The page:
We know little about the vice. We cannot tell you an age or a manufacturer. It may well have been blacksmith made and therefore quite probably within the local area. Perhaps a tools expert out there in blog land could tell us more.

The vice has clear faults. The handle for tightening the bench clamp is missing and a piece has been broken off that rear table (and what was that for?).

Any information on this would be gratefully received.

A Burial and a Key

March 12, 2013

This could almost class as archaeology. Those who have watched the TV programme Time Team will know the form. You open a trench and see what you find. Of course on Time Team a lot of preliminary work has been done and mostly they know what to expect. We are not sure what James Winchcombe, undertaker, expected when he was digging a grave in 2002 at St Mary’s, Market Lavington. This was in what gets called the old part of the graveyard and it was being re-used, so there presumably was a chance of finds.

Nothing ghoulish was found. In fact what appeared was a key – a pleasing, quite large key believed to be for a lockable chest and dating from the 19th century. After 100 plus years in the ground it was rusty.

19th century key found whilst grave digging in Market Lavington church yard

19th century key found whilst grave digging in Market Lavington church yard

If you happen to know anyone who might have lost this key – then tell them, ‘hard luck’. It is part of the Market Lavington Museum collection.

Incidentally, the person the grave was being prepared for, in 2002 was Mrs Margaret Marston, known as Betty. Margaret had been born as Margaret Beatrice Burt in 1922.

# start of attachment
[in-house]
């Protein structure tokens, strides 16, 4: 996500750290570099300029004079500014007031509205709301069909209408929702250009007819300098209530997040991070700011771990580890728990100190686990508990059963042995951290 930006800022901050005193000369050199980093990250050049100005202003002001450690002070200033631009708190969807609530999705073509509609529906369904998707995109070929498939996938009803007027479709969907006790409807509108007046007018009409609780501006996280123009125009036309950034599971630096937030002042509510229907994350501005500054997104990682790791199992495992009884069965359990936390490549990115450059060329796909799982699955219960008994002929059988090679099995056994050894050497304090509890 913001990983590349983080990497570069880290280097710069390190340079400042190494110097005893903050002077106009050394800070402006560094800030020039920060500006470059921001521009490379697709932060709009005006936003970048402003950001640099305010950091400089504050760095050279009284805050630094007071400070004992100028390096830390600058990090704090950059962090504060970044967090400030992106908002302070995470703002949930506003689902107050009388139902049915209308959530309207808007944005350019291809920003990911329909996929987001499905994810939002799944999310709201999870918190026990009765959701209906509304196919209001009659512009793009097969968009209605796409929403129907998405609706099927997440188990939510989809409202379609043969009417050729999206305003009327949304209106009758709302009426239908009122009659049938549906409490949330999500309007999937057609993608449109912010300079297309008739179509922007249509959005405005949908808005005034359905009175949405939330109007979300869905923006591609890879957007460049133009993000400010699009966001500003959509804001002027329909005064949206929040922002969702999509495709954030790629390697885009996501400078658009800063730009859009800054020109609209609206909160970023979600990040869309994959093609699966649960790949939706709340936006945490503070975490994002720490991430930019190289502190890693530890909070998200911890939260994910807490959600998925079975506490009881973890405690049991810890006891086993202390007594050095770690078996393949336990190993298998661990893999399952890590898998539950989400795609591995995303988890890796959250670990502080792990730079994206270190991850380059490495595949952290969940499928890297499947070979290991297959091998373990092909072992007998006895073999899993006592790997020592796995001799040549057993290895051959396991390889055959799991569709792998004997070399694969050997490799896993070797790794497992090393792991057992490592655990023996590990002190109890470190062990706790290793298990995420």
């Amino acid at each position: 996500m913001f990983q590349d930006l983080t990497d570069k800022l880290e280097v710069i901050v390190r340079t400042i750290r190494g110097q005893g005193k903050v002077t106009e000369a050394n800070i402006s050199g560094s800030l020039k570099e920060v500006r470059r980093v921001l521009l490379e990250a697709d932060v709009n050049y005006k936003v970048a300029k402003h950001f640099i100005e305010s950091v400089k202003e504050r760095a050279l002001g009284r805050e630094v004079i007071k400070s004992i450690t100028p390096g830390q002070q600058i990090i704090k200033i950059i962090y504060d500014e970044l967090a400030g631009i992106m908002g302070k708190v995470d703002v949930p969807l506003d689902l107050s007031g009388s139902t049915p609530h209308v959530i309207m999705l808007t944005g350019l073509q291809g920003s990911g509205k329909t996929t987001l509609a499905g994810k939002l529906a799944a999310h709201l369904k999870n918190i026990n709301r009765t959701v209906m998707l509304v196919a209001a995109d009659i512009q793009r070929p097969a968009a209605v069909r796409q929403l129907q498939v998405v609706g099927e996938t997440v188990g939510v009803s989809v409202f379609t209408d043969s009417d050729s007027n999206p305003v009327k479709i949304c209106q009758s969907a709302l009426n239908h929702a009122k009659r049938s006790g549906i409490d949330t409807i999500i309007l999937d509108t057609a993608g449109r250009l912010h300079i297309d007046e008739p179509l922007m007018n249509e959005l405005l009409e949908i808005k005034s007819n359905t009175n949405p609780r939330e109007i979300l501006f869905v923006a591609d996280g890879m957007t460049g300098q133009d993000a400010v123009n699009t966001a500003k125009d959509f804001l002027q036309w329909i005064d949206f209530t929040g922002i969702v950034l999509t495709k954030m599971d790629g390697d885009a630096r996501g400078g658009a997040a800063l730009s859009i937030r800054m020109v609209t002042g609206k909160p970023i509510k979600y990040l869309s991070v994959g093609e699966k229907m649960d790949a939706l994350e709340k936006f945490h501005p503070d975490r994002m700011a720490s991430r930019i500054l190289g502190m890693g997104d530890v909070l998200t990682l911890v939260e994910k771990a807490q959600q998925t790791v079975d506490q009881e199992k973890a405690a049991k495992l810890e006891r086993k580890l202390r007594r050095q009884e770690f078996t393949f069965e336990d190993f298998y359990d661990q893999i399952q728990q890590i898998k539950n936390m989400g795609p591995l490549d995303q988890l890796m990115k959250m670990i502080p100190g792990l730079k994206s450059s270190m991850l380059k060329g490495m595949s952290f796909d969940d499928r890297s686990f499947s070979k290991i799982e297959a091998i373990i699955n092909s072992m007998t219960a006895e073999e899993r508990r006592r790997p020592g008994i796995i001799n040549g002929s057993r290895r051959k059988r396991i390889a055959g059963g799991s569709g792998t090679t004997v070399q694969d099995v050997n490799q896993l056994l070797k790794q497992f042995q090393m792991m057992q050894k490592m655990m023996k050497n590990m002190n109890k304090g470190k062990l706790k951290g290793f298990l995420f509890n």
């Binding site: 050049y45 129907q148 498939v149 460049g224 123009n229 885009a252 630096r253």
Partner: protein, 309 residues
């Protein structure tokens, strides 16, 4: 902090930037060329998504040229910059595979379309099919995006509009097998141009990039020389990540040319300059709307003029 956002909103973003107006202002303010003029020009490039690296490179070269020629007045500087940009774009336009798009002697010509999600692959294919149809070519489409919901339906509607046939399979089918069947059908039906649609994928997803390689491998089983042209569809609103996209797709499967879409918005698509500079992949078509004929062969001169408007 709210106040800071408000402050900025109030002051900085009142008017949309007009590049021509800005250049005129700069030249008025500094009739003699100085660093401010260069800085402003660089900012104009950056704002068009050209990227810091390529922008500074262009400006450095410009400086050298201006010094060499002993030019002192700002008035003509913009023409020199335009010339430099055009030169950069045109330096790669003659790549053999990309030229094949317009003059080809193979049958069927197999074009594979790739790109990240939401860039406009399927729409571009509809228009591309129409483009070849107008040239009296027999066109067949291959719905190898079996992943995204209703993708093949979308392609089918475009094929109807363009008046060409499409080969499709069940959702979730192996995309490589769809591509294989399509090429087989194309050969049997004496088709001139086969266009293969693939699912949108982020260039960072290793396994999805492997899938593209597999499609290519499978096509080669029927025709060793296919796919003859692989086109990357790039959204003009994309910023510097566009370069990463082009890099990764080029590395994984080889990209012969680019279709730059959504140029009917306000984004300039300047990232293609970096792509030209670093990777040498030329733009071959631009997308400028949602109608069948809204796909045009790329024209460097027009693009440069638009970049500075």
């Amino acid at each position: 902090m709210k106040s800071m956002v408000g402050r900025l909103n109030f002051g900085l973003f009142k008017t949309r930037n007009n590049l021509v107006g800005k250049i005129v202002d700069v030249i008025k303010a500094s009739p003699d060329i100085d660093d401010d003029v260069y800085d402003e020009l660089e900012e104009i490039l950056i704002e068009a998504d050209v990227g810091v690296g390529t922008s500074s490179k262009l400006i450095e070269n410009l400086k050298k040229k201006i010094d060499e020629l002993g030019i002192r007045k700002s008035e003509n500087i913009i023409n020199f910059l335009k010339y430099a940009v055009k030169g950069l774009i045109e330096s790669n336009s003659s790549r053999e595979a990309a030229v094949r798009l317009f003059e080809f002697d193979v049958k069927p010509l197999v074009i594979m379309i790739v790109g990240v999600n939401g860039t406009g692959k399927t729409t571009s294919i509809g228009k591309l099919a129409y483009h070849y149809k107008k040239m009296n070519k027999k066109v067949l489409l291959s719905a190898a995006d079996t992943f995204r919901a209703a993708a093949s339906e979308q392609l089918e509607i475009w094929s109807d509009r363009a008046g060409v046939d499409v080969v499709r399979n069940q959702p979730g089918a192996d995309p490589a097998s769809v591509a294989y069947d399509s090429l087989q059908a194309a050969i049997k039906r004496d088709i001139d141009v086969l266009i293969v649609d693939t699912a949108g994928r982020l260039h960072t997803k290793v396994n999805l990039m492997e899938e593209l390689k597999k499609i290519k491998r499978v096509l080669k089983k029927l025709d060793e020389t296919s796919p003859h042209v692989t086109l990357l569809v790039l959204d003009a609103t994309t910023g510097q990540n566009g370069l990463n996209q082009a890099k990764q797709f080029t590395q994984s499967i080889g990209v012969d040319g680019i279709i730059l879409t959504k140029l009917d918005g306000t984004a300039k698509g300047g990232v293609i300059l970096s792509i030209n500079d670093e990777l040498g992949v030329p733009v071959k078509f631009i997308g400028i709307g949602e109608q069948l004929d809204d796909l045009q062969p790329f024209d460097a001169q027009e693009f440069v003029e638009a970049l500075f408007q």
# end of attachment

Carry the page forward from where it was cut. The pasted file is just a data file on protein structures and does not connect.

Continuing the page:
A Copper Kettle

February 2, 2013

This is being written as I drink a mug of coffee, with water boiled in a very cheap, largely plastic kettle which, of course, plugs straight into the electricity supply and boils water very rapidly.

Now go back 100 years, to a time before mains electricity arrived in the Lavingtons and there was no cheap plastic. Your kettle had to be made to withstand the heat of a fire. Essentially, it had to be metal.

Most metals were not all that easy to beat or bend into shape and then make joints which had to be waterproof and heatproof. The ideal metal was copper.

Our curator tells us that in the 1970s he and his wife tried to make a copper kettle. They attempted to beat a sheet of copper into a hemisphere to make the top of the device. He believes they still have the resultant attractive copper dish somewhere. In those harum-scarum 1970s days they never found the time to complete the project and, in any case, they had an electric kettle to use.

Back in the 1900s, the options were more limited and a Market Lavington copper smith completed a kettle of simple, attractive appearance.


Copper kettle at Market Lavington Museum

This kettle has been made in several pieces. It has a sturdy base. The side is made of a single sheet of copper bent round.